This prayer makes it clear that the souls of those who have slept are alive, and not like dumb animals which have no existence once their bodies decompose. God said: "I am the God of the living and not of the dead." Every time we pray for those who have slept, we have to remember the immortality of their souls and ours and we have to make every effort to make them obtain eternal happiness.
Another purpose is to believe the resurrection. We ask God to raise their bodies on the last day and to raise ours with them and to forgive them and us the small sins we may not have not confessed and repented of before leaving this world.
This prayer is for the realization of the general judgment. Our prayer for those who have slept publicly confesses this coming judgment, reminding those among the living who know it already and informing those who do not of it.
It confirms the reward that no one has as yet received, for those who have slept are not made perfect apart from us (Heb. 11: 40).
It reminds us continually that those who have slept are our members and brothers, and that it is our duty to remember them, for: "The righteous will be in everlasting remembrance" (Ps.112: 6).
It comforts the living and brings down the grace of patience and endurance to their hearts.
We repay a debt towards those who have slept, for God has ordered us to pray for one another (Jas. 5: 16).
3. Have Mercy Upon Us:
After the doxologies and the Creed, the priest holds the cross on which are three lit candles symbolizing the fact that He Who was crucified is the Light of the world Who gave Himself to shine on those who sit in darkness and in the shadow of death.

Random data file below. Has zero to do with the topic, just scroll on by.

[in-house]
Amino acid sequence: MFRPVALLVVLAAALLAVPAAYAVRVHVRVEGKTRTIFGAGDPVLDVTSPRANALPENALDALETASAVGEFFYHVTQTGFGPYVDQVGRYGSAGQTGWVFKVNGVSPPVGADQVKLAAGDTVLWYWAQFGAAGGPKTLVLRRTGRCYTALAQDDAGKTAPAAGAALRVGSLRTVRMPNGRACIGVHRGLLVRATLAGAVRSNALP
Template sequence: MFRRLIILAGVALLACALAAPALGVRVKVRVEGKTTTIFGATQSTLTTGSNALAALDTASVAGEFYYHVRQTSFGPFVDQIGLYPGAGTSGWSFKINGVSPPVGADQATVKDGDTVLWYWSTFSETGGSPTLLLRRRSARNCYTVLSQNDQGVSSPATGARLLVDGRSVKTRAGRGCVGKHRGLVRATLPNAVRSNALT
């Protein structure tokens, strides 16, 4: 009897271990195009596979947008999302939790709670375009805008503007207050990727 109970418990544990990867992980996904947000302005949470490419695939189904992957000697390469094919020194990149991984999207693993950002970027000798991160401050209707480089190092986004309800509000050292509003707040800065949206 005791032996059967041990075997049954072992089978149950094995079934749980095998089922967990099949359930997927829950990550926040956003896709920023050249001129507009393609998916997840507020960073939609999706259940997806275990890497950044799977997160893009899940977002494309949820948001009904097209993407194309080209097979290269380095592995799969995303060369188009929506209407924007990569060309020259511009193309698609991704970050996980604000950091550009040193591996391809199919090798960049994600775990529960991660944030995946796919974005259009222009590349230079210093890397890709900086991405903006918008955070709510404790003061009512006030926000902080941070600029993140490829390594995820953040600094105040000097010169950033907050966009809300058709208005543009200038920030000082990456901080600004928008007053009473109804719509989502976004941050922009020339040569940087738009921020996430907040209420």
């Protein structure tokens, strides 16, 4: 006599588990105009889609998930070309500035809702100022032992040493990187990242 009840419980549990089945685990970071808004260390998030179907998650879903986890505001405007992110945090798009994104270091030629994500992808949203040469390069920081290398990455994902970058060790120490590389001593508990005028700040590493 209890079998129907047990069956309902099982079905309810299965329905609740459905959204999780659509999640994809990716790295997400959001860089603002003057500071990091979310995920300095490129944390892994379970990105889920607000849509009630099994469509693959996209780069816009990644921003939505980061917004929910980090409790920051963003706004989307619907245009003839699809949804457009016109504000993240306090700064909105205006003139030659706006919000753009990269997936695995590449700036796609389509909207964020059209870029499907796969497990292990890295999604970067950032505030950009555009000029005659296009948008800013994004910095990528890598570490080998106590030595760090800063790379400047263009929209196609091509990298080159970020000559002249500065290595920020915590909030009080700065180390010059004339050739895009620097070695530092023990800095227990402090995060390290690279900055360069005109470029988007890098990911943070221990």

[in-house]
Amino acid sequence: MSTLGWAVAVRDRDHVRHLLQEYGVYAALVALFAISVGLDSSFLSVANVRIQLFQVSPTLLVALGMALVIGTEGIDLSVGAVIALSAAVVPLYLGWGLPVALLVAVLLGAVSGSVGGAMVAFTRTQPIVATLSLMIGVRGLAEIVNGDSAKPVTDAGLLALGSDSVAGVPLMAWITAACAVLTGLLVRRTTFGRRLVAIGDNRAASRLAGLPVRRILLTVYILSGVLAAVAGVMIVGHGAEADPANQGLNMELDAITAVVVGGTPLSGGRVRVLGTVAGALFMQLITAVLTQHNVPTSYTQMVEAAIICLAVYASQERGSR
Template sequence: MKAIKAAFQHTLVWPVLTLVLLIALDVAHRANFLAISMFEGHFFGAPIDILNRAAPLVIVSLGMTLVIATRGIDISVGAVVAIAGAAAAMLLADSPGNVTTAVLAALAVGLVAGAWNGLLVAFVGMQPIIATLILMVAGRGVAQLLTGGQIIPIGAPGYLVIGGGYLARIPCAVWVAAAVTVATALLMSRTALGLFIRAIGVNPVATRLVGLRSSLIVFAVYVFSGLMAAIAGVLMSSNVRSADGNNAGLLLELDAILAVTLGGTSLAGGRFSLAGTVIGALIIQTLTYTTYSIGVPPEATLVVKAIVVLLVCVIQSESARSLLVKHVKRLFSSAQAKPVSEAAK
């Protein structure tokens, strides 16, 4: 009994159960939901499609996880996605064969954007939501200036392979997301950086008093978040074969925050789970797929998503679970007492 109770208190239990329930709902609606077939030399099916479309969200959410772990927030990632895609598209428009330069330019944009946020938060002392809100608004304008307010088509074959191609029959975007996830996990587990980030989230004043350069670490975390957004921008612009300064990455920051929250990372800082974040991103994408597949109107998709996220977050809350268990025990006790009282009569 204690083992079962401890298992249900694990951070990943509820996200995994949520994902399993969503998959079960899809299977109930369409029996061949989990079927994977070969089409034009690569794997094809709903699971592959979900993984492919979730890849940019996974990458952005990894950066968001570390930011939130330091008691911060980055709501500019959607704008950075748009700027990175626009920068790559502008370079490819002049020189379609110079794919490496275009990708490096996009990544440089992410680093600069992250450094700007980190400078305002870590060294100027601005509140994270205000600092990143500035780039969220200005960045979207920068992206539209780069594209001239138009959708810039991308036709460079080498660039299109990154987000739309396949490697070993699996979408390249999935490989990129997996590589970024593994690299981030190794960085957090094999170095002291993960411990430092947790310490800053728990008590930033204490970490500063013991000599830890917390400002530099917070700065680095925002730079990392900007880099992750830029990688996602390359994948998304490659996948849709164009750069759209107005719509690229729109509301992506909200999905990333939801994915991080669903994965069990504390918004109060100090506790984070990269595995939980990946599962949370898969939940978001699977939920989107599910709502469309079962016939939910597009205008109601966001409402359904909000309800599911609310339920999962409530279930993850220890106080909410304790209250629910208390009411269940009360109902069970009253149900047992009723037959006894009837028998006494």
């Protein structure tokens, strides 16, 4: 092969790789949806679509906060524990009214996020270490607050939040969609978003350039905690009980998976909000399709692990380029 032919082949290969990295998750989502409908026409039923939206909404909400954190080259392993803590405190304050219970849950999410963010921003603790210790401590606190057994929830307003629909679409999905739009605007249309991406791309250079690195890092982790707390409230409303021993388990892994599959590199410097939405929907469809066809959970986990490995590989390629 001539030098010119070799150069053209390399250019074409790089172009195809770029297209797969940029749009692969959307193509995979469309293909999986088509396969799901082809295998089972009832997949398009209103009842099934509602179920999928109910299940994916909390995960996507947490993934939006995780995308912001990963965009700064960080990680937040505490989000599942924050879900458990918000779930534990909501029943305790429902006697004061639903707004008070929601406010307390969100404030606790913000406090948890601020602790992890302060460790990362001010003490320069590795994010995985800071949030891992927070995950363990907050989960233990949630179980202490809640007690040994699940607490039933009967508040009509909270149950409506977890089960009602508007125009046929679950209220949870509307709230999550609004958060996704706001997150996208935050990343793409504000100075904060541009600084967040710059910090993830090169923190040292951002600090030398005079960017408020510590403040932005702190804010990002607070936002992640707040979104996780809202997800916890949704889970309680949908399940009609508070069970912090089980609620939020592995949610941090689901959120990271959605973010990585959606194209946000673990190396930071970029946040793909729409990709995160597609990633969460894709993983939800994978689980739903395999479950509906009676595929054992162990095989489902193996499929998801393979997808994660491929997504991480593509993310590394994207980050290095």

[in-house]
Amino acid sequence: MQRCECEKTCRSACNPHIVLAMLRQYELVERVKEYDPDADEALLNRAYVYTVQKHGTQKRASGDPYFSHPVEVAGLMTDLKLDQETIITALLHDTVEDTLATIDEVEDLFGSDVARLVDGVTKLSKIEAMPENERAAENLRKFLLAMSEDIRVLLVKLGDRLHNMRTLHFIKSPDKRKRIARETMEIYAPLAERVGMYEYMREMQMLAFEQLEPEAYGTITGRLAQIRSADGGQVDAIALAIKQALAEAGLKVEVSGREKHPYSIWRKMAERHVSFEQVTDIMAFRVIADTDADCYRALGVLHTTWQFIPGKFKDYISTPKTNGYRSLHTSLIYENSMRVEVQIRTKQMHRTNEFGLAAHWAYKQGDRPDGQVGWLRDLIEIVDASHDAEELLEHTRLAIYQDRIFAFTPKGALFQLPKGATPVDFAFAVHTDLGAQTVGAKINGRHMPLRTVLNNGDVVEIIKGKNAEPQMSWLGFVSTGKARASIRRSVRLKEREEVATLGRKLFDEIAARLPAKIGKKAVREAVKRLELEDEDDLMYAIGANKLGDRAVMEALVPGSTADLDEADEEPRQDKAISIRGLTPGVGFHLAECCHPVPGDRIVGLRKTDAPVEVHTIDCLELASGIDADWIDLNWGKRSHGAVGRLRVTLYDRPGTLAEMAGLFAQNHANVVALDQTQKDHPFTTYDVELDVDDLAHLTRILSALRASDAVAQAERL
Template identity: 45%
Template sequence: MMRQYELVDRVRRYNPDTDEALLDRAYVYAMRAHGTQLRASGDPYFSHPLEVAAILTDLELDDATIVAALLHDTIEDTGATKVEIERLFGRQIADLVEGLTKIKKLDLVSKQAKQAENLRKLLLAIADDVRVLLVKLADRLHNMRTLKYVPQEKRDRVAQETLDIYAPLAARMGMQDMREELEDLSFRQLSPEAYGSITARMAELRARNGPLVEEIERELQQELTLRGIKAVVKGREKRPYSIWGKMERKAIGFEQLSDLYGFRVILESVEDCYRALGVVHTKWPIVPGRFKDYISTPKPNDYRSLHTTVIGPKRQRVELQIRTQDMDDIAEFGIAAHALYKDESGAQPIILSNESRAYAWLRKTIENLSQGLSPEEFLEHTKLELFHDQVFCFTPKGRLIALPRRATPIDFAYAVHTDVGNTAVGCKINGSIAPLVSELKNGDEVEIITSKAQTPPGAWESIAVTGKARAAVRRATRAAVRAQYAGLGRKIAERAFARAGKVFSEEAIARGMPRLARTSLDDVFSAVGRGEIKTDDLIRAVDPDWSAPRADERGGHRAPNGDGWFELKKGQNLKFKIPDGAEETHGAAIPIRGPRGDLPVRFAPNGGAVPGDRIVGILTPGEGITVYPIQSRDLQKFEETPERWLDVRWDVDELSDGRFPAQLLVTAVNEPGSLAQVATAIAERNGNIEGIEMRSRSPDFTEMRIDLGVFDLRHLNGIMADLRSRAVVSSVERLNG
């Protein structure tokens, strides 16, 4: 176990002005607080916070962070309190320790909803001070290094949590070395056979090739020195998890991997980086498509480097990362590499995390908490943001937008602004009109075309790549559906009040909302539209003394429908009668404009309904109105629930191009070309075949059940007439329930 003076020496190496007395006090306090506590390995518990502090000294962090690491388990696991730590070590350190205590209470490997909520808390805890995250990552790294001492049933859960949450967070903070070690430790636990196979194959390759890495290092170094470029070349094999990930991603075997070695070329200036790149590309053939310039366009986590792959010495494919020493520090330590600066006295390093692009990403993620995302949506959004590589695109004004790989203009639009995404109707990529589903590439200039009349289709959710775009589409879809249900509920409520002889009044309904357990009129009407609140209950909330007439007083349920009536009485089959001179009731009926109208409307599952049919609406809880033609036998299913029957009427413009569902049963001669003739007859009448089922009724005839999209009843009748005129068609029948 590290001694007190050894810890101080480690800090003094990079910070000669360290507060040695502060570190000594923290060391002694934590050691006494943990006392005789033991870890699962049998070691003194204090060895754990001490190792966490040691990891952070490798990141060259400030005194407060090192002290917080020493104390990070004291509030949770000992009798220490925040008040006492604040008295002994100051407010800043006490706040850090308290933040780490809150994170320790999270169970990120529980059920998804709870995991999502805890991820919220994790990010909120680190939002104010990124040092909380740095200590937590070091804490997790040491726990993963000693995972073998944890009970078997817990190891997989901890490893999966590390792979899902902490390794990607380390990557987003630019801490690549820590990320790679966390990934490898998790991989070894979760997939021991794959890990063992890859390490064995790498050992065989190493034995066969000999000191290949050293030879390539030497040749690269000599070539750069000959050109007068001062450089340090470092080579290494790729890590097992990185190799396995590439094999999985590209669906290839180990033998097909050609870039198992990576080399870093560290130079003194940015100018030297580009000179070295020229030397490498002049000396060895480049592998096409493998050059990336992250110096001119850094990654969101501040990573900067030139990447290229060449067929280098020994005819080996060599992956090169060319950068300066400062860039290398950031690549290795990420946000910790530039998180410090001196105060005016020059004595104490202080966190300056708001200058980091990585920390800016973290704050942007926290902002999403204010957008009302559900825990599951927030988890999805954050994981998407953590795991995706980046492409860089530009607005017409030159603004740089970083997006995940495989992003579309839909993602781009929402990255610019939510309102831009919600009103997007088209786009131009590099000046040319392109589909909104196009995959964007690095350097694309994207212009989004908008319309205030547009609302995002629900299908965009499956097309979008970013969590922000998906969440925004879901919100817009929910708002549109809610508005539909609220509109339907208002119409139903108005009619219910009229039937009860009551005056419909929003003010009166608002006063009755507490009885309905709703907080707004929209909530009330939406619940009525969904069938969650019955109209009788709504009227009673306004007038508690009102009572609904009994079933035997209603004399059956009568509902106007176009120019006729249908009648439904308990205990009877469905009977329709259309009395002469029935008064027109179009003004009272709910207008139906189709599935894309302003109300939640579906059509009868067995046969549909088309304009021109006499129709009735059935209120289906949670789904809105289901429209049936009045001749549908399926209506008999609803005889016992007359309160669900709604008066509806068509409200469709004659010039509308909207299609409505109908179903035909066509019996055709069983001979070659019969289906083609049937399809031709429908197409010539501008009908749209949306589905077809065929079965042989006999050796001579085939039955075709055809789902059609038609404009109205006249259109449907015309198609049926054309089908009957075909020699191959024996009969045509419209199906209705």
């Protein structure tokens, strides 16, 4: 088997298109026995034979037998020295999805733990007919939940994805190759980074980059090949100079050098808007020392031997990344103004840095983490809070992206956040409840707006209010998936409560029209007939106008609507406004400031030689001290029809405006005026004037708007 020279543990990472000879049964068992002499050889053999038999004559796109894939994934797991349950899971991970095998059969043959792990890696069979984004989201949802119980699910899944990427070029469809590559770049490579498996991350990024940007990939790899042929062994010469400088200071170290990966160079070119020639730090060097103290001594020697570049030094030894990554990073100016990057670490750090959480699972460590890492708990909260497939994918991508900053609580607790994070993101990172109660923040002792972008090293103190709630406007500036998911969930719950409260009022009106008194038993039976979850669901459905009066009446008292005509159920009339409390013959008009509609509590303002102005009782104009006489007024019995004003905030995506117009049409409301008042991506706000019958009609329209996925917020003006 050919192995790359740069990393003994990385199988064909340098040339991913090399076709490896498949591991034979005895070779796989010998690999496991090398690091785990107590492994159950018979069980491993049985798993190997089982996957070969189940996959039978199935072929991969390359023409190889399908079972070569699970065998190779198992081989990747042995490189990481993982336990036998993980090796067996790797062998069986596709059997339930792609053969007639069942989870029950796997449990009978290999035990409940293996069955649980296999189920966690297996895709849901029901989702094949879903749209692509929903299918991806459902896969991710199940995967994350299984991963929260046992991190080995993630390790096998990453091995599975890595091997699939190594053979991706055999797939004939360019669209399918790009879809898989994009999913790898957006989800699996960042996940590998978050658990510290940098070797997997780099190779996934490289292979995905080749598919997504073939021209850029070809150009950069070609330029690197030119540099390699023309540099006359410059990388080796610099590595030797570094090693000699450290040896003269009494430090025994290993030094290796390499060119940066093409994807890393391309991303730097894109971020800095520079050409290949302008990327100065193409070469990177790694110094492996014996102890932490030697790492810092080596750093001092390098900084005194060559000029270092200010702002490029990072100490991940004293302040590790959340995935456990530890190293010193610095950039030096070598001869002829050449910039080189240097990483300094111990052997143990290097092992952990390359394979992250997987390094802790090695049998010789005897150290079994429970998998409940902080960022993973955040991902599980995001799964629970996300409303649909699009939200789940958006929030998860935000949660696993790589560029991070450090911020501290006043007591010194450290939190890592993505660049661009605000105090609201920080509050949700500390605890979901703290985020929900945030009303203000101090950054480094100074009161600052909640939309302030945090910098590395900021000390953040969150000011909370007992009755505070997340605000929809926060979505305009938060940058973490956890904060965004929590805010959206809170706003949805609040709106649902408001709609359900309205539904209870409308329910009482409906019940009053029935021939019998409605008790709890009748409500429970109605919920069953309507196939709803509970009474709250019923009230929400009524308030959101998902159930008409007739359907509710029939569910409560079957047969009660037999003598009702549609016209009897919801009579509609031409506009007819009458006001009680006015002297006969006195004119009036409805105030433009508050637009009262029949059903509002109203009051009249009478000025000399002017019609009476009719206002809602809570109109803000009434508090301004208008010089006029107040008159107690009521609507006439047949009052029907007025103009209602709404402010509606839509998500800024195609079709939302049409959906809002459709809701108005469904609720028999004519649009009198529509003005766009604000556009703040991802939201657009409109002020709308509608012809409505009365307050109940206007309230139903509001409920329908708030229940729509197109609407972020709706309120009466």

The priest stands before the sanctuary in humility and lifts both hands. In the right hand, he holds the cross with the lit candles, and the left is spread in prayer and abasement. He prays: "Lord have mercy on us, grant us mercy, and be tender to us."
4. The Gospel:
After the congregation’s response, the priest says, "efnouti nai nan" and makes the sign of the cross on the congregation with the cross and the lit candles. He then blows them out and gives them to the deacon. Next, he makes the sign of the cross on the incense box which the deacon brings to him at the door of the sanctuary. He puts one measure of incense and then says the prayer before the Gospel, then he waves the incense on the New Testament while he is standing in his place before the sanctuary. He says: "We bow to the Gospel of our Lord Jesus Christ with the prayers of the psalmist, David the prophet; Lord, grant us the grace of the forgiveness of our sins."
Next, he enters the sanctuary and goes round the altar in the tour of the gospel, saying: "Now Lord, let your servant depart in peace ....etc." Then the Gospel is read in Coptic and in Arabic. The priest then says the five short prayers: for peace, the fathers, the place, divinity, and meetings.
The priest takes the cross from the deacon and says the three absolutions, two of which are directed to the east, and the third to the west, towards the people who bow their heads, asking for absolution and forgiveness. These are three absolutions which the priest reads over the head of the confessor after hearing his confession. They are full of humble meanings.
6. The Blessing:
The priest says the blessing while he is facing the west. "May the Lord have mercy on us and bless us; may His Countenance shine upon us and bless us. Lord, save Your people with the strength of Your life-giving Cross, with the prayers and requests of our Lady, the Mother of God, the Blessed Virgin Mary, and the three pure Singers, the angels Michael, Gabrial, and Raphael, all the angels, and all the heavenly hosts, and all the prayers of the patriarchs and prophets, the apostles and martyrs, the host of the pure who wear the cross and the righteous, and the angel of this blessed day. May their holy blessings, their grace, their strength, their gift, their love, and their help be with us all for ever. Amen."
He then pronounces the dismissal, for the congregation to go in peace.